US Open Final Betting Preview: Djokovic vs. del Potro for All the Marbles

US Open Final Betting Preview: Djokovic vs. del Potro for All the Marbles article feature image

Danielle Parhizkaran, USA Today Sports. Pictured: Novak Djokovic

US Open Men’s Final Betting Odds

  • Novak Djokovic: -215
  • Juan Martin del Potro: +180
  • Game spread: Djokovic -4
  • Over/Under: 39.5 games (-115/-105)
  • Time: 4 p.m. ET
  • Channel: ESPN

For the second straight year, the US Open final falls on opening Sunday of the NFL season, so it may get overlooked here in the States.

Nevertheless, I’m expecting a high-quality tennis match when Juan Martin del Potro and Novak Djokovic square off in Flushing Meadows, N.Y.

Djokovic, looking for his second consecutive slam (after winning Wimbledon in July), has fared well against the Tower of Tandil in the past, owning an impressive 14-4 H2H record against the big-hitting Argentine.

And this is good news to anyone who backed our recommended Djokovic future from pre-tournament, at +250. If you find yourself in that boat and would like to hedge your risk — you could put .55 units at +180 and secure yourself a free crack at Djokovic to win 1.95 units (not too shabby).

But let’s get into some X’s and O’s.

Match Breakdown

I was sitting in Arthur Ashe for both men’s semifinal matches — and was able to watch both players firsthand, ahead of this final match.

And while I was surely more engaged in JMDP’s (shortened) match against Rafa Nadal, truth be told I was more impressed with how Djokovic looked.

The Serbian just looked so strong from the baseline — impenetrable from a defensive perspective, and ridiculously dangerous from an offensive standpoint. The one shot that I keyed in on was his forehand — with which he was counterpunching with a ton of venom (like the Djokovic of old). For me, this is what separated the “invincible” Djokovic we saw from 2014-16 from the version of 2017 and parts of 2018.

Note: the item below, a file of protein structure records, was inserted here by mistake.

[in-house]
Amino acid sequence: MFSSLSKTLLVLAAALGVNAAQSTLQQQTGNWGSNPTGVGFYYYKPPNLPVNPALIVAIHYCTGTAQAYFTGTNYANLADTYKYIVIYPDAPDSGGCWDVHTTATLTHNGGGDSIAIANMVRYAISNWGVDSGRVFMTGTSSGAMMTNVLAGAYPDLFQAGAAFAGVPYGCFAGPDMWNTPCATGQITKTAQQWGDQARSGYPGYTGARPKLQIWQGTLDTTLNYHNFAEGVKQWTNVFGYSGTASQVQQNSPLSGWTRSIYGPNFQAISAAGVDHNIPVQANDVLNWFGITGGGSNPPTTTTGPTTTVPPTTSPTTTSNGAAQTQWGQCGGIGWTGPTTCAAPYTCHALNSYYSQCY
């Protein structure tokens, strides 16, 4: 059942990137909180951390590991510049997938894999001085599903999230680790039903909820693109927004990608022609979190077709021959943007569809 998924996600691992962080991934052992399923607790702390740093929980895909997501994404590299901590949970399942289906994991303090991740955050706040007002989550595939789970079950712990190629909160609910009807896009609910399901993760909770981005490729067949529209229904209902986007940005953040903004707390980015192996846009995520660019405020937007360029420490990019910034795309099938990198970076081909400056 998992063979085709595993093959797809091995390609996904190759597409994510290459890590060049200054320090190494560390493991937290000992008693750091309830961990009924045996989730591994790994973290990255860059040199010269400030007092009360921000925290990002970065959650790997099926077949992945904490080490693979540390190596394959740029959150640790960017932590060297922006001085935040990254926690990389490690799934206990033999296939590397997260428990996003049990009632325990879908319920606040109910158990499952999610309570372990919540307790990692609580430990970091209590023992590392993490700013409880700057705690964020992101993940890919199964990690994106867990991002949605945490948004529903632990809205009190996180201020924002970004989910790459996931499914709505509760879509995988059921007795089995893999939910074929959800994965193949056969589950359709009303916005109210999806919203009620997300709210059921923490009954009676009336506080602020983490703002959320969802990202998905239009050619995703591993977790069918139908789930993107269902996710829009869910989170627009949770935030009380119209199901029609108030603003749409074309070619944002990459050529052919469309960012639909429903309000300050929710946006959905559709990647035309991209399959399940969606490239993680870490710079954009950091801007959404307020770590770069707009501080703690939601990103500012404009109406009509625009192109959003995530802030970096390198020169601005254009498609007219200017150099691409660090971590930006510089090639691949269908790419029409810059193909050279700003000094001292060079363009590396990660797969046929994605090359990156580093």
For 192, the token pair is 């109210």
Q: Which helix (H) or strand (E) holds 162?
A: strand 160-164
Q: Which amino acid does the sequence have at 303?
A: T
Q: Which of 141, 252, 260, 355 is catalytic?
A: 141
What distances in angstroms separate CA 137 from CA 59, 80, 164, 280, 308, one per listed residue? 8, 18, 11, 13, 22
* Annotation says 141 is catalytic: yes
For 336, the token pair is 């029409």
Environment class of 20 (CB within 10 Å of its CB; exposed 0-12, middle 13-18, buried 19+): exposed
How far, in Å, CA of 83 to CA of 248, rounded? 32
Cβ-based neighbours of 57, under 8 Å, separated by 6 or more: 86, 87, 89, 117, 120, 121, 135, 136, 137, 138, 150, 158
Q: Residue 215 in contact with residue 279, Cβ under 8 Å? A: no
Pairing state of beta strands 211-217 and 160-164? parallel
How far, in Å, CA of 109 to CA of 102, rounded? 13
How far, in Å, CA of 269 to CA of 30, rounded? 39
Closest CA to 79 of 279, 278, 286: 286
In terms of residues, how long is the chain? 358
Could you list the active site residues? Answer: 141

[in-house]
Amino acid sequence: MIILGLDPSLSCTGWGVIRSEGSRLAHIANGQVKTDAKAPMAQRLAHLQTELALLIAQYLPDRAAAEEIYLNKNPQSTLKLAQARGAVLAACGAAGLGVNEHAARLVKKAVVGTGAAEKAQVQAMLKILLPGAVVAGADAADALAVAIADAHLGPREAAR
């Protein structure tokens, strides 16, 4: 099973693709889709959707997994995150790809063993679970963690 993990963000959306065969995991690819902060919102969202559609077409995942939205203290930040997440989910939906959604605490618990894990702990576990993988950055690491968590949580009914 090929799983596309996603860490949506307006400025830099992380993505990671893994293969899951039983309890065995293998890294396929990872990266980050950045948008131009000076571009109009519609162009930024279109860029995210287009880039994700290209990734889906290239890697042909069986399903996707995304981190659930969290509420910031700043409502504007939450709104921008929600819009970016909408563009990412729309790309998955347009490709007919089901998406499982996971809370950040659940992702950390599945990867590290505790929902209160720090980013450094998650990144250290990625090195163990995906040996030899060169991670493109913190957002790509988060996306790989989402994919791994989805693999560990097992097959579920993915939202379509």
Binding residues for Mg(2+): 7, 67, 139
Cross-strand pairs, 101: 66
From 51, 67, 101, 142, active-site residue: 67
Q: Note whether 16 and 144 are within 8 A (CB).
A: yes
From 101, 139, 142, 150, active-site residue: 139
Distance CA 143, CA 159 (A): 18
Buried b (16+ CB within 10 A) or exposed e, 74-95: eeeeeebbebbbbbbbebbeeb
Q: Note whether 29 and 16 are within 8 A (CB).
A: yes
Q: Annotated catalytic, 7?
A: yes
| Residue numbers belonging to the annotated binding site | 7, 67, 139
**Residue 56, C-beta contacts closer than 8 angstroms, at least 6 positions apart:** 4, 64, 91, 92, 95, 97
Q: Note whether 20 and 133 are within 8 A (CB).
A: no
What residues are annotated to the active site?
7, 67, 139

Djokovic has always been able to defend well, even when he struggled. However, his forehand (and backhand to a degree, as well) from defensive positions tended to sit short in the court and lack pace.

But when Djokovic is in form, his forehand replies from defensive spots always seem to end close to the baseline — and that consistent depth and pace of shot is what hurts his opponents.

With how slowly center court on Arthur Ashe has been playing, Djokovic has enough time to flag down almost every ball and that is why I’m fading del Potro.

No matter how powerful the Tower of Tandil’s game is, these courts are simply too hard to hit through. Del Po’s forehand will, once again, be the biggest shot on the court Sunday. The question is, will it be big enough to repeatedly hurt Djokovic?

The other thing that worries me about del Potro is his serve. On Friday I noticed two distinct serve types from the 2009 champion.

There was his “regular” serve, which came in at around 110 mph. Then there was the “big point” serve for which he seemed to pick his spots — and delivered at 130 mph.

The Pick

If del Potro wants to win this match, I expect to see him lean on that 130 mph serve much more regularly than he did against Nadal. Otherwise, the supreme return of Djokovic will be able to neutralize a lot of points from the get-go and put the pressure on Tandil.

Ultimately, I see Djokovic continuing his fine resume against del Potro and winning this in three or four sets. If del Potro serves big and feeds off the energy of the NYC crowd (which adores him) I could see him pulling out the first set. But as the match progresses, I expect Djokovic to grind del Potro down and win his 14th Grand Slam.

The Bet: Novak Djokovic -215